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I assume you are asking about the United States’ Constitutional Convention that met in 1787 and wrote the Constitution that we now have. There were three major disagreements over slavery that arose in that convention.
The first dispute concerned whether the right to slavery should be enshrined in the Constitution. The Southern delegates wanted the Constitution to explicitly recognize and protect the right to own slaves while the Northern delegates did not. This dispute was settled in favor of the North. There is nothing in the Constitution that explicitly provides the right to have slavery.
The second dispute had to do with the slave trade. Southern delegates wanted to protect the Atlantic slave trade. They did not want the government to be able to ban the importation of slaves from Africa. This, too, was settled in a way that favored the North. The government was prevented from banning slavery, but not for very long. The North only agreed to protect the slave trade for 20 years, not indefinitely as the South would have liked.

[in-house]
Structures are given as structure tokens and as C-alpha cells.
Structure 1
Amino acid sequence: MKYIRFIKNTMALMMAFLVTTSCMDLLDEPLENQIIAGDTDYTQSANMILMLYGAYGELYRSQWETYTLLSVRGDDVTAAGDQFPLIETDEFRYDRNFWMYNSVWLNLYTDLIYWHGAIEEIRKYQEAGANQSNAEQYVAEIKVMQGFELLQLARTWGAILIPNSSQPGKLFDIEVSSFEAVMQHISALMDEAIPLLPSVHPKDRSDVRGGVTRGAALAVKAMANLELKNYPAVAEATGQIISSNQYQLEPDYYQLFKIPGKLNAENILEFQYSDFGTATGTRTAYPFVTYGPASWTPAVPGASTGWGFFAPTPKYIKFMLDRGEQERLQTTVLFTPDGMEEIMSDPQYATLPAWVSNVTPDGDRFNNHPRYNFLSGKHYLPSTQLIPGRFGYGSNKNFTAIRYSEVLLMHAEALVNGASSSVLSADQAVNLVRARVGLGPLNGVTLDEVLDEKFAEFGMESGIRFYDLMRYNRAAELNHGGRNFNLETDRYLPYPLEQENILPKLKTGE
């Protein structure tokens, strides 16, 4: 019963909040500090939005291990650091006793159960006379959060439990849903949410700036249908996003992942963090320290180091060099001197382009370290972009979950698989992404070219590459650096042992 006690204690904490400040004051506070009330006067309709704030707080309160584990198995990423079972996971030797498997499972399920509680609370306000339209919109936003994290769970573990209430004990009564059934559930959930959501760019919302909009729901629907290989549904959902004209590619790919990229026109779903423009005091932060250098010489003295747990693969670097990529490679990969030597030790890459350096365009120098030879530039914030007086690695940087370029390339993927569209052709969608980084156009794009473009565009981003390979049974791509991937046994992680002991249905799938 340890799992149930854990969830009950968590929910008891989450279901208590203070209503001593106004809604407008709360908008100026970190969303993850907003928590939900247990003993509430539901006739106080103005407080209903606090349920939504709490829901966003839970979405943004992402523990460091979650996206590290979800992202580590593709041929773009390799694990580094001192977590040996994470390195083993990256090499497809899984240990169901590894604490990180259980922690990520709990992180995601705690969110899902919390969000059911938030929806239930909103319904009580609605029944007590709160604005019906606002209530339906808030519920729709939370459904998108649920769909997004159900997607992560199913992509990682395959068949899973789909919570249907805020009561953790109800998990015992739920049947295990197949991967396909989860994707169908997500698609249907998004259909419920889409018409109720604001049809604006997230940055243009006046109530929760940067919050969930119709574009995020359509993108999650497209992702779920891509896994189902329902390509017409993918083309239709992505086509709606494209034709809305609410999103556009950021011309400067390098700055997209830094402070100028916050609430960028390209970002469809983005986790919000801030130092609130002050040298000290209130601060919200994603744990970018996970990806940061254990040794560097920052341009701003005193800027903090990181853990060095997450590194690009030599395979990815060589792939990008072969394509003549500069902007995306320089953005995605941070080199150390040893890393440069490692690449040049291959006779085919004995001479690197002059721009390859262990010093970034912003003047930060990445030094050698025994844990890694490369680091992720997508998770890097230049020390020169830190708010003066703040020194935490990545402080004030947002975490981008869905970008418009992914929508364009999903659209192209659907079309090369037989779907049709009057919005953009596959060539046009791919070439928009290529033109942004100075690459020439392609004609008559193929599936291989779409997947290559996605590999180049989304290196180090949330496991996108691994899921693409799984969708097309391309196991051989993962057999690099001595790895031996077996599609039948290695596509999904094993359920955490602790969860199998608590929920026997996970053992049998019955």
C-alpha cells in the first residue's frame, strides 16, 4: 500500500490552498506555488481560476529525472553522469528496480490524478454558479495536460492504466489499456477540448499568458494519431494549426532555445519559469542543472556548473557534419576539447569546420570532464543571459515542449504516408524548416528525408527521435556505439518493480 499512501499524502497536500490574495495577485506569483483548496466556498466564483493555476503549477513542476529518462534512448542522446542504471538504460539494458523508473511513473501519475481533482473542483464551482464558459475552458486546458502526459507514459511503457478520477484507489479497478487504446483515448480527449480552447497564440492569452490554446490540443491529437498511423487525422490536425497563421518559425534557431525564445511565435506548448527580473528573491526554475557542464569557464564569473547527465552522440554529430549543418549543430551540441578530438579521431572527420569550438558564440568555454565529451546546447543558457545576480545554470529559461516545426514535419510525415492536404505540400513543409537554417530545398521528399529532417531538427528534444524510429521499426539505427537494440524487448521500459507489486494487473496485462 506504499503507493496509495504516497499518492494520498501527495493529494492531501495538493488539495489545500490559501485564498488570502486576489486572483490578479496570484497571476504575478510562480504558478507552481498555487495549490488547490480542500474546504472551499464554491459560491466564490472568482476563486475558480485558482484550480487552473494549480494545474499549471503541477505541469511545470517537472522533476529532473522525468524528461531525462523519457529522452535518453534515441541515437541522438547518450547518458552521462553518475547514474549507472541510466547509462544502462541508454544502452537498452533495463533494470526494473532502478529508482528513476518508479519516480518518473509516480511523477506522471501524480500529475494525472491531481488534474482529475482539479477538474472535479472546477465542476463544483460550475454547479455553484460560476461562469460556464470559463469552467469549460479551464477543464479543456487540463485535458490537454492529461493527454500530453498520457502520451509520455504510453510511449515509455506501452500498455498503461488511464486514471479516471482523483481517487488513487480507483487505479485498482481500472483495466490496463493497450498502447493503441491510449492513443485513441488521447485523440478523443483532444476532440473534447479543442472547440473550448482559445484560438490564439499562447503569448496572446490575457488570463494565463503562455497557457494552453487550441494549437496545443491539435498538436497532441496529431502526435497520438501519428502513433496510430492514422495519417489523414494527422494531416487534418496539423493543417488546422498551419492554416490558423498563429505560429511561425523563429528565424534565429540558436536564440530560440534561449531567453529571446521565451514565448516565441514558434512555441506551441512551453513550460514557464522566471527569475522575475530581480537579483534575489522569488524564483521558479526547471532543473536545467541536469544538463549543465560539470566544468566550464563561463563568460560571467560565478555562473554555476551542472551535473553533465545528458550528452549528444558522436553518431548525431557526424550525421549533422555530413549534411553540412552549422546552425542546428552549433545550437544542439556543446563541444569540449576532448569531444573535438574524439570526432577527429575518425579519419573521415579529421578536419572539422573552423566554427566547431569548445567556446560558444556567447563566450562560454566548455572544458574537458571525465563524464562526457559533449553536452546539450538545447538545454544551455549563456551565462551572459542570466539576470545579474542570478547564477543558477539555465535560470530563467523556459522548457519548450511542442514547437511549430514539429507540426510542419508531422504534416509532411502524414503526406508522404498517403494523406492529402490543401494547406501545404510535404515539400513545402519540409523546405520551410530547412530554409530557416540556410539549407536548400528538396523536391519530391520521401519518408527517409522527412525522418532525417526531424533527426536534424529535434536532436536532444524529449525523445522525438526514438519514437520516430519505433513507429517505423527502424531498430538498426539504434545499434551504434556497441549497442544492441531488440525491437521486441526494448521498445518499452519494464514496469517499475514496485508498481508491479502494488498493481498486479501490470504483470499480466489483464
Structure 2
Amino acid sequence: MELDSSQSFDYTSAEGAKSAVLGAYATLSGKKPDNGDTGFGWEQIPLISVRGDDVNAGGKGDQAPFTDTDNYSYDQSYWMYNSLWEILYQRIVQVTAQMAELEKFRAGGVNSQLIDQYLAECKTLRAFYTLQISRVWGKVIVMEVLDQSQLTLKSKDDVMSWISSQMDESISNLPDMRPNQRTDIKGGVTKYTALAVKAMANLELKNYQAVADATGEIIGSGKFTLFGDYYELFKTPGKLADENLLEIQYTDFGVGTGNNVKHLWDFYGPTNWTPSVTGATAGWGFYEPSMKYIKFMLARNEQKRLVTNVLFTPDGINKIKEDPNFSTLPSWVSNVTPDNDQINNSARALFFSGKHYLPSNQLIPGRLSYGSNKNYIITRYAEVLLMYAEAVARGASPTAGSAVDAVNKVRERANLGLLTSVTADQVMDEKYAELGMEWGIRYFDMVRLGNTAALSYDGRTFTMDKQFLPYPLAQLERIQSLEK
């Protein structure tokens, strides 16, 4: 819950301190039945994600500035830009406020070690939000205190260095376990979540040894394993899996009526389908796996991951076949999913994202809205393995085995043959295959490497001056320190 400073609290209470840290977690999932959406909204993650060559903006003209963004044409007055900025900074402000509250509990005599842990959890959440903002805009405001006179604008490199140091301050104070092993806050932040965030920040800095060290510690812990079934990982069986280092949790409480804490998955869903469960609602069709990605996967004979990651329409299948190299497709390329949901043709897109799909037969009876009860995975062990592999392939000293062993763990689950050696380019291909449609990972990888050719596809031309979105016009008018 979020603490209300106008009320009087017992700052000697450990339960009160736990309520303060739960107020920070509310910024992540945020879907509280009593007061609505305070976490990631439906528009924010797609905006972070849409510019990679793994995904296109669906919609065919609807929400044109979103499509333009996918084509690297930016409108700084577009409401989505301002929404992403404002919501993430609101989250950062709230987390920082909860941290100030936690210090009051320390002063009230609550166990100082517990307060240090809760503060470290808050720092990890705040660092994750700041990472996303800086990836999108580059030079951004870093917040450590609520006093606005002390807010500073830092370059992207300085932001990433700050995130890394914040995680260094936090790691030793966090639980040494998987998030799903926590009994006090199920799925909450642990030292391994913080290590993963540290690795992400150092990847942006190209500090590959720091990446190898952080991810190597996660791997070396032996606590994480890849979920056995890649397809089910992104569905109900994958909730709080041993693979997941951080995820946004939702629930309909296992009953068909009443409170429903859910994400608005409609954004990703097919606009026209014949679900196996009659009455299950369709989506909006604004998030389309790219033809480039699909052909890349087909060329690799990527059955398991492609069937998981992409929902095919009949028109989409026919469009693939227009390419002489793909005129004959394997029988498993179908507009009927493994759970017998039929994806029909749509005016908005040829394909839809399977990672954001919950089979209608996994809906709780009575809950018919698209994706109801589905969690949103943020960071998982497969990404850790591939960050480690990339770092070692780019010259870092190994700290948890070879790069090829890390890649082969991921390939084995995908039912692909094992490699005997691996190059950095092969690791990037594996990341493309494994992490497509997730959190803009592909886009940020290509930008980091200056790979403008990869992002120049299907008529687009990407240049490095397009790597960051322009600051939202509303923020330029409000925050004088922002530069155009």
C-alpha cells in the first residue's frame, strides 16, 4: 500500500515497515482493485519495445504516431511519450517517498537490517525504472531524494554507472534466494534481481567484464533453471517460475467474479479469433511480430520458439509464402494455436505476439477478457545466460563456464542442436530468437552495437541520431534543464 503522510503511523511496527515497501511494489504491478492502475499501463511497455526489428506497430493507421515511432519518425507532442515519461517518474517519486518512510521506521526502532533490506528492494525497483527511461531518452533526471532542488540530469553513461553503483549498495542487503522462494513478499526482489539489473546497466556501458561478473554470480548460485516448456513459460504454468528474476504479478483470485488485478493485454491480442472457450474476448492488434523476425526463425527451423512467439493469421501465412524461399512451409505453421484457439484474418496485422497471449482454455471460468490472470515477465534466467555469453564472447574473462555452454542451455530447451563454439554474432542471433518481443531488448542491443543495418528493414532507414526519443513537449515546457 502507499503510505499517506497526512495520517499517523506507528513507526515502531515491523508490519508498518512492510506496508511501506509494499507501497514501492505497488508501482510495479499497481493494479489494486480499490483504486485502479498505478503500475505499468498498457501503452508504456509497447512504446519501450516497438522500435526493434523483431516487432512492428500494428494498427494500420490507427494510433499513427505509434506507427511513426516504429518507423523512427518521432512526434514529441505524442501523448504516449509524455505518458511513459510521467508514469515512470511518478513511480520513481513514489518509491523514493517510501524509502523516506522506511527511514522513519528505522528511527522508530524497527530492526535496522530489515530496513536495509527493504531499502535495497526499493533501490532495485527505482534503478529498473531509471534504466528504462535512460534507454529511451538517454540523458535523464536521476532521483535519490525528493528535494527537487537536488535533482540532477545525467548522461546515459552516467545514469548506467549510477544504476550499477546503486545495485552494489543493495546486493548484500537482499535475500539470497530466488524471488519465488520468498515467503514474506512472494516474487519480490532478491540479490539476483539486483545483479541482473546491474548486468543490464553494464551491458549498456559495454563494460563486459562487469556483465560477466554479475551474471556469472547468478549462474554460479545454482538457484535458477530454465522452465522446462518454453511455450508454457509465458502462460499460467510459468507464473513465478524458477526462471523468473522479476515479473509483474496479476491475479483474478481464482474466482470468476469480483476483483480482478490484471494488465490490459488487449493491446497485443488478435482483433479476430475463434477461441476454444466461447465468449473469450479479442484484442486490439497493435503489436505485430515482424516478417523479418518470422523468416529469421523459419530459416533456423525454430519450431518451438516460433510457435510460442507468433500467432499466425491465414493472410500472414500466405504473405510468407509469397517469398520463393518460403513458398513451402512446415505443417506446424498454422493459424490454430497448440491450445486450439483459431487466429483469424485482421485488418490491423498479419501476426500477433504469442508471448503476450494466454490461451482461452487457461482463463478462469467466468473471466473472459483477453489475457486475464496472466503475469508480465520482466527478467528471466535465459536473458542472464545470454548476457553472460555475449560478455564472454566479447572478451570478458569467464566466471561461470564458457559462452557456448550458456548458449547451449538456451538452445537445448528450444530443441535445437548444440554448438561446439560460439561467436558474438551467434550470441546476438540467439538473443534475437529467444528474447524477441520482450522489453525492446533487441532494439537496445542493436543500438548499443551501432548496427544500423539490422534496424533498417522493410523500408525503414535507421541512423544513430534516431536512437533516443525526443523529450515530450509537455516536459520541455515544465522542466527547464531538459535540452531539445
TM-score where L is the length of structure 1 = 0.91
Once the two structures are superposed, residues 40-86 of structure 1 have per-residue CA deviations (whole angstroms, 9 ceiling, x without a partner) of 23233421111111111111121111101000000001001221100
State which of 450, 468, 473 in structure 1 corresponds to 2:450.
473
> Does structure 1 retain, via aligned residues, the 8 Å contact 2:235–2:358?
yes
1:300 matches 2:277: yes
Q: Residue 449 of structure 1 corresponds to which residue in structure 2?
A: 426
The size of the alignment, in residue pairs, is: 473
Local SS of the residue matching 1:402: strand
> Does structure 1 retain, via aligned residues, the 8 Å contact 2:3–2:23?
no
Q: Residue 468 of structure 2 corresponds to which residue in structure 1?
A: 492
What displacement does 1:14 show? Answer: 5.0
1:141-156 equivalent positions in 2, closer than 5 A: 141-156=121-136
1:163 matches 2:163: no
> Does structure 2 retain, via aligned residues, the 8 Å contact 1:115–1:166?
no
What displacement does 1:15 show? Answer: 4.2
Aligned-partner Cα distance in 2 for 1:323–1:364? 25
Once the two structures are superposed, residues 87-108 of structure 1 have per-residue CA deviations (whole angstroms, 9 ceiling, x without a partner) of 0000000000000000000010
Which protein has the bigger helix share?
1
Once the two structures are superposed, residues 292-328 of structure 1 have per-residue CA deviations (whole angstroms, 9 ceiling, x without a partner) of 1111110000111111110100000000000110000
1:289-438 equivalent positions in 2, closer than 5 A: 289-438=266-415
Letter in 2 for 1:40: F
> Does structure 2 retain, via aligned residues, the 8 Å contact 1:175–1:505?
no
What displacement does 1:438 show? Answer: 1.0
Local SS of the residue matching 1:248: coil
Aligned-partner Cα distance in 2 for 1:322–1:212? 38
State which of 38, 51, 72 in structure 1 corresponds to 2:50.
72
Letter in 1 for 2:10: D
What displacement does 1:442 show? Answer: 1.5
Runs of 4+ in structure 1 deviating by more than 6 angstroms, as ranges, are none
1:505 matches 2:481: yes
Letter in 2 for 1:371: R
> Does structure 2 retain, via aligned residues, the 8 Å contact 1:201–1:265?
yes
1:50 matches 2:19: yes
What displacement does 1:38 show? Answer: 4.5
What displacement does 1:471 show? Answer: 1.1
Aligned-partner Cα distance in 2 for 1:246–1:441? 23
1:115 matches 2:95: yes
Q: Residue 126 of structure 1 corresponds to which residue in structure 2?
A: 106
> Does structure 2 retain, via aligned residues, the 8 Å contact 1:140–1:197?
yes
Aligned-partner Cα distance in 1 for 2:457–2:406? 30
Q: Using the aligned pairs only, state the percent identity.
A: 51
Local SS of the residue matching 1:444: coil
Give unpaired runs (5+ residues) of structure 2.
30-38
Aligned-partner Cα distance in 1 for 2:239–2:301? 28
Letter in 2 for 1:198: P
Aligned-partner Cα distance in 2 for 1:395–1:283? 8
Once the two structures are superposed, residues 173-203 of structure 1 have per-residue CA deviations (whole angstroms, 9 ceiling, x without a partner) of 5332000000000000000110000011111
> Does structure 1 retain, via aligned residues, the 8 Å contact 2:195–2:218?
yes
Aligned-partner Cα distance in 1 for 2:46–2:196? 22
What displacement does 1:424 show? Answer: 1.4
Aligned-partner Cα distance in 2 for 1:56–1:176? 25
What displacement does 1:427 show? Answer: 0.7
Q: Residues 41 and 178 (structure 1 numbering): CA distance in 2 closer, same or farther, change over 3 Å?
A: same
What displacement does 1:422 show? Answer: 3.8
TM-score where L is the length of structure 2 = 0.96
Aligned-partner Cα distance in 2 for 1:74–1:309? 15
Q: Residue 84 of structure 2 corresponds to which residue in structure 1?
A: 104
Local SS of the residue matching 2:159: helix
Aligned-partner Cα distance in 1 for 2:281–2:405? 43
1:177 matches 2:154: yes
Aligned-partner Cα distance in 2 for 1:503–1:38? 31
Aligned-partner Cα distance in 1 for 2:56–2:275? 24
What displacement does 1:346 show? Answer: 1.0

The final dispute had to do with counting slaves for the purpose of Congressional representation. The South wanted slaves to be counted in their states’ populations. This would have helped the South because it would have given Southern states larger populations and, therefore, more representation in the House of Representatives. The North did not want slaves counted at all. The compromise here said that slaves would be counted as 3/5 of a person for the purposes of representation.
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